The Duran’s Alex Christoforou and Editor-in-Chief Alexander Mercouris discuss the beginning of snap election campaigning in the UK, post Brexit extension. Nigel Farage and The Brexit party announced it will field 600 plus candidates, smashing any hopes for pro-Brexit election alliance with the Tories.
Boris Johnson apologized to Tory members who voted for him to become party leader for not fulfilling his October 31st Brexit promise.
Johnson said that the delay was a matter of “deep regret”, describing extensions as “painful” because they caused the country uncertainty. Johnson said Brexit would happen on the 31st of October, claiming he would rather be “dead in a ditch” than extend the deadline.
After parliament voted down the timetable for his EU withdrawal bill, Johnson was forced to request an extension until January 31st, 2020.
UK Prime Minister Boris Johnson’s conservative party is still leading in most polls for the upcoming UK general election called to help strengthen his mandate. But in a development that threatens to destroy his Tory-led coalition, Brexit Party leader Nigel Farage has dashed rumors about a possible Tory-BP alliance.
Instead of holding back and focusing on Labour-held seats in districts that favored Brexit during the referendum, Farage announced that his party will field candidates in more than 600 races, threatening to split the pro-Brexit vote and raising the possibility that Jeremy Corbyn could emerge as prime minister.
In the latest ICM poll, Conservatives led with 38%, followed by Labour at 31%, the Lib Dems at 15% and the Brexit Party at 9%.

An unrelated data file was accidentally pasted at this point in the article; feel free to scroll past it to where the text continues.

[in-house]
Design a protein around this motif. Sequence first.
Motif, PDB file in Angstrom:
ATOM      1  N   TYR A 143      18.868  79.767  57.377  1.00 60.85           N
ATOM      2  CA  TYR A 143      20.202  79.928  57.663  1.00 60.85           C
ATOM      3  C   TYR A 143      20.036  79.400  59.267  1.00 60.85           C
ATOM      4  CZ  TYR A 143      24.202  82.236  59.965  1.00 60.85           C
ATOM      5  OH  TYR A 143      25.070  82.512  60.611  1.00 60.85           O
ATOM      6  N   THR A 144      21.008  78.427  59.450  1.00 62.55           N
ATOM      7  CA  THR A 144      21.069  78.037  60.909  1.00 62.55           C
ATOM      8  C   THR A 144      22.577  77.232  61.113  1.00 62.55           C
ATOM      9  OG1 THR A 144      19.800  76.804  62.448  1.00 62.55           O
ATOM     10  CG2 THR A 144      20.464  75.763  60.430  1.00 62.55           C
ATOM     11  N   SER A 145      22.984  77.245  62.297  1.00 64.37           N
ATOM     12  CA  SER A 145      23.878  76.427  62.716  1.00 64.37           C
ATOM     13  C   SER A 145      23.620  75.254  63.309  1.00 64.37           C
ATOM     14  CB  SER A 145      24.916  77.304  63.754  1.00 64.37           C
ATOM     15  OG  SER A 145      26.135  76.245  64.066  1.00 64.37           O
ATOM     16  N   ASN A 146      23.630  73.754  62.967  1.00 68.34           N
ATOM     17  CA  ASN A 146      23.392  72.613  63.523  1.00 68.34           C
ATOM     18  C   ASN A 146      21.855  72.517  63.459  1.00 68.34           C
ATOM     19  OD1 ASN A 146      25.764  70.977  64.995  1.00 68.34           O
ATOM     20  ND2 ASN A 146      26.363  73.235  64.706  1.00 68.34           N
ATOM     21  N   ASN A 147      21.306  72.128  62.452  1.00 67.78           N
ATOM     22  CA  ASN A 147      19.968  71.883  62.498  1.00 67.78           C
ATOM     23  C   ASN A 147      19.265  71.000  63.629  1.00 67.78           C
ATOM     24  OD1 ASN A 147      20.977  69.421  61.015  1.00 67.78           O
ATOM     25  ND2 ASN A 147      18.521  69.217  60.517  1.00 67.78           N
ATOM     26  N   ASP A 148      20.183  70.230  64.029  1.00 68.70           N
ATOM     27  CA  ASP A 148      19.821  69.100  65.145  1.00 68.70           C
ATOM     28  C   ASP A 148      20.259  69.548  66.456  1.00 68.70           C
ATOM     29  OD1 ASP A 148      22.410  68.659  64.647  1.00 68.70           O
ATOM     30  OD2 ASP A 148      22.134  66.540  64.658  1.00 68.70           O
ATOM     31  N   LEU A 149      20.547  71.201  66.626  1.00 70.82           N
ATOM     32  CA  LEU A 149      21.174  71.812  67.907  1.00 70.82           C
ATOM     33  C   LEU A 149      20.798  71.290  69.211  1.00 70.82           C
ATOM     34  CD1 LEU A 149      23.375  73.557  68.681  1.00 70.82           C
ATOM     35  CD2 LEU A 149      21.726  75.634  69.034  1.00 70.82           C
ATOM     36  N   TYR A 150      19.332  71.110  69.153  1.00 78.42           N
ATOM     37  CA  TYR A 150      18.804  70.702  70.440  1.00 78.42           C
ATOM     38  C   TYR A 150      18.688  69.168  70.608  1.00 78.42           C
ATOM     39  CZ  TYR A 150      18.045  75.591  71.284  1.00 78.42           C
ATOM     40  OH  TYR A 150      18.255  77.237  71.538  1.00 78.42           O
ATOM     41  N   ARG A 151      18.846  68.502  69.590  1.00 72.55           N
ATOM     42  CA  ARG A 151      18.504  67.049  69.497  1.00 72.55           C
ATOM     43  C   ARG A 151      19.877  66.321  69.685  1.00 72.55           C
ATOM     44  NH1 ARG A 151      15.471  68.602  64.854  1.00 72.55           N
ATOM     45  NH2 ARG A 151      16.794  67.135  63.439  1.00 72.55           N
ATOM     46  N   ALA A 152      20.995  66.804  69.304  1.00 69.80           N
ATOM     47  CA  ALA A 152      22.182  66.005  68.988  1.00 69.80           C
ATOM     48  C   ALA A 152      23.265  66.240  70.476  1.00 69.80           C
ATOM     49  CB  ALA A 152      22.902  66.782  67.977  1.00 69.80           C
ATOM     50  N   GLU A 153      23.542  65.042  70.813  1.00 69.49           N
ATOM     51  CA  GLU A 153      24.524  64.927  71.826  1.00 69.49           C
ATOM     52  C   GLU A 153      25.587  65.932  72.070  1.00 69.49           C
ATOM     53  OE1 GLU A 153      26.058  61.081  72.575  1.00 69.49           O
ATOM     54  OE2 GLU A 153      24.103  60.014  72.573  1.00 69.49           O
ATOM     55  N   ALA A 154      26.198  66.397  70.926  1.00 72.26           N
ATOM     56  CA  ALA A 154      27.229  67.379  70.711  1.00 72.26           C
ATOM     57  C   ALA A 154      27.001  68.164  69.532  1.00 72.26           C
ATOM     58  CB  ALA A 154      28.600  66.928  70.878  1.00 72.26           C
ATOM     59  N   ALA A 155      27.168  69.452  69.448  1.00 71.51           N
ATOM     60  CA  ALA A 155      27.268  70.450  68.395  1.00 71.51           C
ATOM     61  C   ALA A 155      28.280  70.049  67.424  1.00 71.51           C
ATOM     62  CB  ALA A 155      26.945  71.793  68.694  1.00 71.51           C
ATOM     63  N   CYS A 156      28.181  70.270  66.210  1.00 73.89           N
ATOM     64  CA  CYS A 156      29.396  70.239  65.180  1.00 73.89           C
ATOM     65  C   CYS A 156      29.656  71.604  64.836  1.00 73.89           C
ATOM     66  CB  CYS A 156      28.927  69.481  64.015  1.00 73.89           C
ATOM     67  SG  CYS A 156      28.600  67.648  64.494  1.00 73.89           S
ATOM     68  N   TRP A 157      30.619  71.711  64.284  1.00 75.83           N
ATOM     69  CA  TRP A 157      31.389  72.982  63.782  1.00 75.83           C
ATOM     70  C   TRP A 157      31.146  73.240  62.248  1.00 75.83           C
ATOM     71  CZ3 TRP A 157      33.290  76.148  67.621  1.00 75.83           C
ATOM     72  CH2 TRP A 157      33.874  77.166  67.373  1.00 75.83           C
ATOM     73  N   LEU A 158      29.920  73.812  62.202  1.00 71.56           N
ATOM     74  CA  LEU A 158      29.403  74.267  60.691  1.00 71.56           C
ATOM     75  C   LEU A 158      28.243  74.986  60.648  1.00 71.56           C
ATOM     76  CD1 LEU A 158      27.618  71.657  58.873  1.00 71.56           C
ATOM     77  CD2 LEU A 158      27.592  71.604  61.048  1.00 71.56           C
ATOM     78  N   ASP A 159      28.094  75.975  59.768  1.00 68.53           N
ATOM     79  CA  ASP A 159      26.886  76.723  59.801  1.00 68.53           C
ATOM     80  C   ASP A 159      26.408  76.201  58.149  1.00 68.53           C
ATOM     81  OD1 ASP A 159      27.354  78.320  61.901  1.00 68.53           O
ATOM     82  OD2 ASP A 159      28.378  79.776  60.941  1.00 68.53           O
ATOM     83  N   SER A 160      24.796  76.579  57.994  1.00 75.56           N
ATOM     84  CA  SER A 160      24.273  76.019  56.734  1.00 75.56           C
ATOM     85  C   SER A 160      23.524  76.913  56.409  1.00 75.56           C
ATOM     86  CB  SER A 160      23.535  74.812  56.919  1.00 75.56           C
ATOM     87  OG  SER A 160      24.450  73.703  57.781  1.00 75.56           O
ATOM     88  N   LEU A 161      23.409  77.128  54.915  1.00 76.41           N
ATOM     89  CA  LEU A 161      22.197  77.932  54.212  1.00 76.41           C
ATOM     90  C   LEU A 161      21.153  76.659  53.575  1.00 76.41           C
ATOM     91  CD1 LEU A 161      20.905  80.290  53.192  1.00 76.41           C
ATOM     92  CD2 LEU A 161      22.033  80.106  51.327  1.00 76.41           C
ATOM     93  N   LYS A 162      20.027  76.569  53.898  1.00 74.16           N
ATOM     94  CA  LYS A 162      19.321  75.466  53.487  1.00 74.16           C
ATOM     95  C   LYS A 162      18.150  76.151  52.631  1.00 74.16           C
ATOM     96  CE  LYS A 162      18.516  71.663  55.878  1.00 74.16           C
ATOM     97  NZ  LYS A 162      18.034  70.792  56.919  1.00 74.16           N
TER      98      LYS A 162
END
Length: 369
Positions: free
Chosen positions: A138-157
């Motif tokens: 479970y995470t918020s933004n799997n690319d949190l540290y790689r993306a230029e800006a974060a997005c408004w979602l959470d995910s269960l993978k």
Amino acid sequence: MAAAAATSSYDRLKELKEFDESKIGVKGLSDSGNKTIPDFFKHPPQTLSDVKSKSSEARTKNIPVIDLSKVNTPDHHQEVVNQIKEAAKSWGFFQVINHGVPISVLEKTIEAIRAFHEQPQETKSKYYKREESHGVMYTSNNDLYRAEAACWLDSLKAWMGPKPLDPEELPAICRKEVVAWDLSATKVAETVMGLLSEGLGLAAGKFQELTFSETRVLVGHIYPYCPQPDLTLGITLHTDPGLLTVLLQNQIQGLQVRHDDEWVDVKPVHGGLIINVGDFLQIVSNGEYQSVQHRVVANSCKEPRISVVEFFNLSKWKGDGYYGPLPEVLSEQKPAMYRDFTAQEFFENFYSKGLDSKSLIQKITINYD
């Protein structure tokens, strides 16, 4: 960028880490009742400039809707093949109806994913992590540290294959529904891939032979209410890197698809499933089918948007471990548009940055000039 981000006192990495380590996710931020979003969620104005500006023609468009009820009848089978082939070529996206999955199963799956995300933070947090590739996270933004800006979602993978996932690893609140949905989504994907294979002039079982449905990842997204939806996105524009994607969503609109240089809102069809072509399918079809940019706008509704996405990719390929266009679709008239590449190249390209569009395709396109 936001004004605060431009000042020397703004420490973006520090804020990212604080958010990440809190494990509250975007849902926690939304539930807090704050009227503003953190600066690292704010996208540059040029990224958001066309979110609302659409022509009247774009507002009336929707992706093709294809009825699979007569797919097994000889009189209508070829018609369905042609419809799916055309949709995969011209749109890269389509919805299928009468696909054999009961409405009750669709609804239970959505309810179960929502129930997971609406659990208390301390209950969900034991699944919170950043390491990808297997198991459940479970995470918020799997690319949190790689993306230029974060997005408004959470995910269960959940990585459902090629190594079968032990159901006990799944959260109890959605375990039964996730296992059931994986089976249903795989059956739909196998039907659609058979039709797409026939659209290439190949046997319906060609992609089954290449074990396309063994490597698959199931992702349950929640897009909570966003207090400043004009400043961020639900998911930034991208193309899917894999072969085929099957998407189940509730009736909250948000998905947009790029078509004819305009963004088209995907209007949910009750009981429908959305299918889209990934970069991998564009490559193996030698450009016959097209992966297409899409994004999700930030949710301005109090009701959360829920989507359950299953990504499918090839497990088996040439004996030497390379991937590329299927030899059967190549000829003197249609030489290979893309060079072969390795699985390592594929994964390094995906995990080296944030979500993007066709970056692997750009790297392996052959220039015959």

The latest note from a team of Deutsche Bank analysts focused on Brexit recounted that, over the weekend, a series of polls showed that the two establishment parties appear to be gaining support, suggesting that December’s general election could be more of a two-party race than analysts and investors had initially expected. Still, Farage’s decision threatens to throw a wrench into the works.
We have 600+ candidates who are undaunted, enthusiastic and 100% ready to campaign for a proper Brexit across our nation.
They know @BorisJohnson’s deal is not Brexit and it does not get Brexit done.
— Nigel Farage (@Nigel_Farage) November 4, 2019
Farage’s decision comes after he personally decided to sit out the race (Farage doesn’t exactly have a great track record when it comes to running for the House of Commons: He’s tried and failed eight times already). In an interview with the BBC over the weekend, Farage concluded that he could advance the country’s exit from the European Union better by campaigning on behalf of his populist party’s other candidates than by contesting a seat himself.
Farage added that he would campaign aggressively against Johnson’s withdrawal agreement following the PM’s “broken promise” to leave the EU by Oct. 31. The withdrawal agreement is the crux of Johnson’s election manifesto. Labour also opposes Johnson’s deal, and has said that, if Corbyn ousts Johnson, he will return to Brussels to negotiate a new deal, then put it to the public in a second referendum, which could result in Brexit being cancelled in its entirety.
“There are so many Labour-Leave seats…represented by remain member of Parliament…and we view those constituencies as being absolutely among our top targets,” Farage said late last week during the BP’s campaign launch.
Some pro-Leave pundits will no doubt be alarmed by Farage’s decision.
This illustrates the big problem Brexiteers will be up against at the forthcoming election.
We need Boris and Farage to work together but under Farage’s current terms, this seems impossible. https://t.co/IQEFlMj80h
— Emily Hewertson (@emilyhewertson) November 4, 2019
One senior Tory backbencher griped to the Telegraph that Farage now risks becoming “the man who threw away Brexit.”
The pound tumbled to its lowest level of the day on the news.
The statements, views and opinions expressed in this column are solely those of the author and do not necessarily represent those of The Duran.